On day three, Jungers placed fourth in the 100-yard backstroke with a time of 54.80. Huang placed behind Jungers in fifth at 54.97, and Celtnieks took the eighth place spot at 56.16. Cohen earned her first individual All-America honor of her career in the 100-yard breaststroke, claiming 14th place at 1:03.38. Huang, Helm and freshmen Katherine Swan and Meredith Teague capped off the night by finishing fourth in the 800-yard freestyle relay with a time of 7:22.85.

“I’ve been on that relay all three years I’ve swam NCAAs and that was our highest finish yet,” Helm said. “I’m just so proud of my underclassmen because it was me, a sophomore and two freshmen on that relay, so they really stepped up. They killed it.”

Helm said Teague’s performance as a freshman in a big moment was a testament to the program’s strength.

“That’s what makes Emory stand out,” Helm said. “We always rise to that challenge, having that grit and determination to do something special in those relays.”

The 200-yard backstroke race was held on the final day of the championship. Huang claimed fifth place with a time of 2:00.98, and Jungers came sixth with a time of 2:01.60. This marked the final swim of Jungers’ career and a new best time for Huang. The two hugged after the race.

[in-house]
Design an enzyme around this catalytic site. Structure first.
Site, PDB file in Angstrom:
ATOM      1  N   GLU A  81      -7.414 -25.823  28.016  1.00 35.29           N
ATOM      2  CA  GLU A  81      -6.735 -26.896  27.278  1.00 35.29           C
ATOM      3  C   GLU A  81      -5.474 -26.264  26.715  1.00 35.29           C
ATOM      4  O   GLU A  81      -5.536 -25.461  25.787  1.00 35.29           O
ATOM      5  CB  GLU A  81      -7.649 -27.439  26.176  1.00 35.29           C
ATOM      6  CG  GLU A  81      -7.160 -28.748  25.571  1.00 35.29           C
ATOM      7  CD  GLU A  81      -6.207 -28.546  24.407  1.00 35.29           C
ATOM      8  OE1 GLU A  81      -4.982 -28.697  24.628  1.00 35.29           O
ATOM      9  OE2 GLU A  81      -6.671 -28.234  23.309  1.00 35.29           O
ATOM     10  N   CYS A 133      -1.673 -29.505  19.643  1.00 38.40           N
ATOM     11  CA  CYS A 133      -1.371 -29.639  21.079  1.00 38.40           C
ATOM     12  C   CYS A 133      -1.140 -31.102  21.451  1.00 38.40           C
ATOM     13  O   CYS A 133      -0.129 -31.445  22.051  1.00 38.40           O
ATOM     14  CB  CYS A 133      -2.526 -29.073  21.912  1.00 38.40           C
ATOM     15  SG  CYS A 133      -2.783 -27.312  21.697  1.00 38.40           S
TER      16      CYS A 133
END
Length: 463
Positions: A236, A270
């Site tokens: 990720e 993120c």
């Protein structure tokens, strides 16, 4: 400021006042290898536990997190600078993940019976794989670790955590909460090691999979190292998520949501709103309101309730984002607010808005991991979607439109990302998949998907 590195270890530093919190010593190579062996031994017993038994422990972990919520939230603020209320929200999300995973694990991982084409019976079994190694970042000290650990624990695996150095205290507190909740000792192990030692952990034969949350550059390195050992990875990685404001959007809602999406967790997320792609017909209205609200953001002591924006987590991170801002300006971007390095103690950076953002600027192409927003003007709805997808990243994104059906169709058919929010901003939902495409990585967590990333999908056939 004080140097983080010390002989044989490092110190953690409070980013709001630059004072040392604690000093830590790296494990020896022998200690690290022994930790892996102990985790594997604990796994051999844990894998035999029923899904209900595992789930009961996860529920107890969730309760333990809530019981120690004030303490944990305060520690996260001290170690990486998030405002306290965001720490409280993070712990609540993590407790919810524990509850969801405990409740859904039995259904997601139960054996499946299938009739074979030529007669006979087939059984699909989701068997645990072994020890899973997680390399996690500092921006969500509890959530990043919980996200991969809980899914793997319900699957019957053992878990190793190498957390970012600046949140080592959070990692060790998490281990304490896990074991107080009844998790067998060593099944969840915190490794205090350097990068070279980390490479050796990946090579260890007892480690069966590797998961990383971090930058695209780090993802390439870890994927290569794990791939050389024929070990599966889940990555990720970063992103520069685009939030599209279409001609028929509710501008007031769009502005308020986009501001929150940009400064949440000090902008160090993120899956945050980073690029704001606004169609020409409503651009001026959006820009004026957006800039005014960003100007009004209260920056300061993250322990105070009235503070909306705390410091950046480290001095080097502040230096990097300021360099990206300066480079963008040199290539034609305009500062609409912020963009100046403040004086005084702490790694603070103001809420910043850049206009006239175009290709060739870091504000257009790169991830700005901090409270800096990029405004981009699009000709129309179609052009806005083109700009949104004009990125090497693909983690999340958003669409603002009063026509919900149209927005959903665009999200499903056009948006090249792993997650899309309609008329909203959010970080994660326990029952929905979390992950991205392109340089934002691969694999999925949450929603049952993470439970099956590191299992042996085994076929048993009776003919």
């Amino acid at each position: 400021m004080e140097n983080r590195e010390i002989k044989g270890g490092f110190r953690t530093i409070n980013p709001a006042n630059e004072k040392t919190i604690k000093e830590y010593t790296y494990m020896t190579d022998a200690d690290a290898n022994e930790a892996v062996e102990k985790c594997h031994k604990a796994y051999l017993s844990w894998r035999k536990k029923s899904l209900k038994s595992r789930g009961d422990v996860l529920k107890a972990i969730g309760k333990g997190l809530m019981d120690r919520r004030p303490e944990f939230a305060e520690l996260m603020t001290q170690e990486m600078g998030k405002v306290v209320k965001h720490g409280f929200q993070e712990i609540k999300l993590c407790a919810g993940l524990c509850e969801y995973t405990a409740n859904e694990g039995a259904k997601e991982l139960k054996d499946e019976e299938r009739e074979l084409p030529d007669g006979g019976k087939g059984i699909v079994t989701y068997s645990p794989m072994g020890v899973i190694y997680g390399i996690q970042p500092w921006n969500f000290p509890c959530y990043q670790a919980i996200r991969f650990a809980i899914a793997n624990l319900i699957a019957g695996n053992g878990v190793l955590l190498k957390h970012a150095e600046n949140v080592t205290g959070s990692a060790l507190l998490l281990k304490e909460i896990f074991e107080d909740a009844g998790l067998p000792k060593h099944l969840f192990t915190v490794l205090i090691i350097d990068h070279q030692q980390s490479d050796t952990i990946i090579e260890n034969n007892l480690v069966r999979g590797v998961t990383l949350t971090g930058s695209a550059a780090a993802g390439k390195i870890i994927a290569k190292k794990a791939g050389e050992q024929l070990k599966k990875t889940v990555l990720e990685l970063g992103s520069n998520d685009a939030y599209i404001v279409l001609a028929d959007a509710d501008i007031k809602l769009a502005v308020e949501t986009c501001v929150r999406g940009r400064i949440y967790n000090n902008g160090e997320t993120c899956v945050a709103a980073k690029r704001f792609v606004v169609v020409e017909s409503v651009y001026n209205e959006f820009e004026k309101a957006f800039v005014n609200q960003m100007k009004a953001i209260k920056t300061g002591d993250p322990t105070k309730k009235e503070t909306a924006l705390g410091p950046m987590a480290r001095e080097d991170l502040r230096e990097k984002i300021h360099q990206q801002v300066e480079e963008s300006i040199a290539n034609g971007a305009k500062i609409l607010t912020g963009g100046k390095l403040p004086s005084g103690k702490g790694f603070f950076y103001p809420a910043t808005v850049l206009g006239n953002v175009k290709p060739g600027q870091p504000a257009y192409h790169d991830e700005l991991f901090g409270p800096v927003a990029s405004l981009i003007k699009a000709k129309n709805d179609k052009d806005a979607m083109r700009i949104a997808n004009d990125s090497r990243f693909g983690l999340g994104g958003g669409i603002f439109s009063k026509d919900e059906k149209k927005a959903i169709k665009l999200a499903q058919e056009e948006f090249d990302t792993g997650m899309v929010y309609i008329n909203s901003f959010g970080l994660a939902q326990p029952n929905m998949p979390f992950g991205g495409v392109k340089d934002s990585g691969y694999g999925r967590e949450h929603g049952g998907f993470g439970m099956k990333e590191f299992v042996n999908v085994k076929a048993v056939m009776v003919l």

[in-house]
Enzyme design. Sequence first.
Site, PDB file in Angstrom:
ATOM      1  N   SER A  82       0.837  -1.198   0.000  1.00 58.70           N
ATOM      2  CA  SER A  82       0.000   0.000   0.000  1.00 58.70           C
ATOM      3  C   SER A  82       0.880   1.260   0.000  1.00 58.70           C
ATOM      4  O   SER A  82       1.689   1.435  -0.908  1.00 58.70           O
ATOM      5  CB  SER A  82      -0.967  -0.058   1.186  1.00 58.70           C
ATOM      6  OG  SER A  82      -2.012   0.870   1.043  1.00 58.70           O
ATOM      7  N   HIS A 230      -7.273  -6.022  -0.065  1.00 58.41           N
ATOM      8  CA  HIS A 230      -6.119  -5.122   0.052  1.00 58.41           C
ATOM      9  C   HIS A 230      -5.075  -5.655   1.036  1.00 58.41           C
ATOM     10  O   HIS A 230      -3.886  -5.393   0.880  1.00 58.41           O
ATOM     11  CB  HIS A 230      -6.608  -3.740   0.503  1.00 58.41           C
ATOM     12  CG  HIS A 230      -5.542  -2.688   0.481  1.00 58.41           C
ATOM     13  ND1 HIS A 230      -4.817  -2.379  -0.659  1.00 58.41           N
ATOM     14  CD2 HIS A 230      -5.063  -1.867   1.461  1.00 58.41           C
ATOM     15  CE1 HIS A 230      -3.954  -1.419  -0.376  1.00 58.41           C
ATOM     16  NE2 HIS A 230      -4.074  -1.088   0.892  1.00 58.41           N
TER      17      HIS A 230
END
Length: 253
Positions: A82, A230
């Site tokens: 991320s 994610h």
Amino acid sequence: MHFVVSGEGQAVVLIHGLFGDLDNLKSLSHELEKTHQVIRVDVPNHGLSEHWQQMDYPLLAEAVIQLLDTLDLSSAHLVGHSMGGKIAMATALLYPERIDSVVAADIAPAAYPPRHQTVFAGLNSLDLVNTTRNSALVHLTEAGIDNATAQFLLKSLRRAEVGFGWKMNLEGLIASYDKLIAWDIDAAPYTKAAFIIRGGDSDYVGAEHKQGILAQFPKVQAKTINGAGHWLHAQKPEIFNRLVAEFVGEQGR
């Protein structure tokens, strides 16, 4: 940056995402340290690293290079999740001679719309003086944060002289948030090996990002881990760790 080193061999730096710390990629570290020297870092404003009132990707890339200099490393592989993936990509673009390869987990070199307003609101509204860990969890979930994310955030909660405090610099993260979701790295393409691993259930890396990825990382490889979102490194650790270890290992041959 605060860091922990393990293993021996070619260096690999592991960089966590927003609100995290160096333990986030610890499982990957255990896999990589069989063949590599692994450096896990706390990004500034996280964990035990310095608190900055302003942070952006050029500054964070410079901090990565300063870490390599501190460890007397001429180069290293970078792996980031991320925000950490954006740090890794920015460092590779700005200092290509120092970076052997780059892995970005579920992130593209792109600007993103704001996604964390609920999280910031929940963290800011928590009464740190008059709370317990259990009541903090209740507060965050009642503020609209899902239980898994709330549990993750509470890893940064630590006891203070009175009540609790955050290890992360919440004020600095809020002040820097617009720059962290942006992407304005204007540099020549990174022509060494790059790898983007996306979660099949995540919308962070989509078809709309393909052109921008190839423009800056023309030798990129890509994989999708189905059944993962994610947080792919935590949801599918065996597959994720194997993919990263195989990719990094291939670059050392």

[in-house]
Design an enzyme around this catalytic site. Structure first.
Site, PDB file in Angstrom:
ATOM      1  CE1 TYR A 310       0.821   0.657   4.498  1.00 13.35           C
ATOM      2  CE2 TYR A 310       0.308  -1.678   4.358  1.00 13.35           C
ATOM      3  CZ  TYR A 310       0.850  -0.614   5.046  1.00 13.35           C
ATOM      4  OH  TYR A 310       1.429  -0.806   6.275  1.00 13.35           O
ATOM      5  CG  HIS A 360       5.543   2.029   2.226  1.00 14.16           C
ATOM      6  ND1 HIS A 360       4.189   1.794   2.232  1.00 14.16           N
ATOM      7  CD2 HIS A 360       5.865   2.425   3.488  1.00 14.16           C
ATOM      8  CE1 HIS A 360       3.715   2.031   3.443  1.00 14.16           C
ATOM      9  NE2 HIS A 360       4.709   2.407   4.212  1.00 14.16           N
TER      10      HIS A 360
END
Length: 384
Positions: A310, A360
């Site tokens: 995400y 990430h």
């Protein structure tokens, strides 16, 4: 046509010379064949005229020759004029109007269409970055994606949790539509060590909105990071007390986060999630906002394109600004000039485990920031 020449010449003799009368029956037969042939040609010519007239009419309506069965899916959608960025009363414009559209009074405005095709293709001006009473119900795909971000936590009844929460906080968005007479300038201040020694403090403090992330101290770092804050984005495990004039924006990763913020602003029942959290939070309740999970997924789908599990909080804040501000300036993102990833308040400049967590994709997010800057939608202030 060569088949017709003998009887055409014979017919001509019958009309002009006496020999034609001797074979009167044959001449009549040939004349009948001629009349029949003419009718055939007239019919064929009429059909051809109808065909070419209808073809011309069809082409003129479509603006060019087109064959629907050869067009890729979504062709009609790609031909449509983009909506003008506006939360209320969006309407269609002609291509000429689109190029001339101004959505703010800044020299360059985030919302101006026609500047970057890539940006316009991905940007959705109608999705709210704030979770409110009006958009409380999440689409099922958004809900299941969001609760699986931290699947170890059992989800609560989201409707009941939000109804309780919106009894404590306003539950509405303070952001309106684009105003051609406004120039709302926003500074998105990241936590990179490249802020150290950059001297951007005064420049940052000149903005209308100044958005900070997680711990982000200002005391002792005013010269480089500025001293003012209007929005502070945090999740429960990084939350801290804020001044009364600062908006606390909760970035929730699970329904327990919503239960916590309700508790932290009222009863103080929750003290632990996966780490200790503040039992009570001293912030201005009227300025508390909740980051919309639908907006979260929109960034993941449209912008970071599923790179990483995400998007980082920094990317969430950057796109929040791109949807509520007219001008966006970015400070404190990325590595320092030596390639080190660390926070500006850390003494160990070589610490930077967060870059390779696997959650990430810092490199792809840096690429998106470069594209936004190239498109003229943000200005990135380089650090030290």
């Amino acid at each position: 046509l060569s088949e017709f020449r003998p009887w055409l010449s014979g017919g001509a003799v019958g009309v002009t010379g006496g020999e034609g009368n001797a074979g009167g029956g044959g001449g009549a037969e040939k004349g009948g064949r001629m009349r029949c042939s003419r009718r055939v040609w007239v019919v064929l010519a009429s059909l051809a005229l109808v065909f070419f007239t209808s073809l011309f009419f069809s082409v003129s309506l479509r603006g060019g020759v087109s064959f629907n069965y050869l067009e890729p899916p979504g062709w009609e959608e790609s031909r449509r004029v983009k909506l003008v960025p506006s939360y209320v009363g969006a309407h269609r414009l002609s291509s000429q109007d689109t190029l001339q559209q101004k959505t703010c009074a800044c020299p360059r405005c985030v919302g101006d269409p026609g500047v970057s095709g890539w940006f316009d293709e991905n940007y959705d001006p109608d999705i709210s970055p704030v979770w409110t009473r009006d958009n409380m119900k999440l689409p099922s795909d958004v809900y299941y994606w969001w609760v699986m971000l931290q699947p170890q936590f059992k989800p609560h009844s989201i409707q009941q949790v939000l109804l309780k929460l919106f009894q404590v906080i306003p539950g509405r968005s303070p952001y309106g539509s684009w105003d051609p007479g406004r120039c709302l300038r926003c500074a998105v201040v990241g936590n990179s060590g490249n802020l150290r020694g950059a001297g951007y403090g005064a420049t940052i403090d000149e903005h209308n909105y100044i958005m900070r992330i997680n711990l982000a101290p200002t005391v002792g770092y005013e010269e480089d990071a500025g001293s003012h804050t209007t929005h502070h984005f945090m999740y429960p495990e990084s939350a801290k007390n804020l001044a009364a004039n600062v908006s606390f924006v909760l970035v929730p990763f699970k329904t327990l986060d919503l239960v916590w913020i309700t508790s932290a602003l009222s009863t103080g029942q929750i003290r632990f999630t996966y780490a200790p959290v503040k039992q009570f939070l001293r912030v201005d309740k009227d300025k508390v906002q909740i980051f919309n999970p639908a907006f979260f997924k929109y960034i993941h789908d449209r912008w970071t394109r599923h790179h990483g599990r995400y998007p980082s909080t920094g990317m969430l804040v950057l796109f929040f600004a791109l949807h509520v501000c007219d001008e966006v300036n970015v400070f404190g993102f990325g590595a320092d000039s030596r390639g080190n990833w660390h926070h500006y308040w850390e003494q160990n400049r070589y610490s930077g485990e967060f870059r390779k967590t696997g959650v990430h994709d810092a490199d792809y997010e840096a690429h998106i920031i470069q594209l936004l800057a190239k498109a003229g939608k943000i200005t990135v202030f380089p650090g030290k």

“I was so happy for her,” Jungers said. “That hug meant everything. It was awesome.”

The 400-yard freestyle relay was the last event of the competition. Sanderson, Huang, Helm and Celtnieks secured a win in the consolation final with a time of 3:25.04.

The women placed sixth at nationals, four places below their runner-up standing last season. Howell noted that a swimmer can never be perfect and there are always ways to improve.

“People just assume we’re always going to be at the top,” Howell said. “The reality is there’s a lot of great teams out there that are also really eager to be successful. … But it was still a great week for us and they got better as we went along.”

Jungers is already looking forward to watching what the women have in store for next year.

“I’m so excited to see what happens next year because the girls on this team, they’re a force to be reckoned with,” Jungers said.

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Sasha Melamud (she/her, 27C) is from Clearwater, Florida, planning on majoring in creative writing and spanish. In her free time, Melamud enjoys being out in the fresh air, fitness, and hanging out with friends.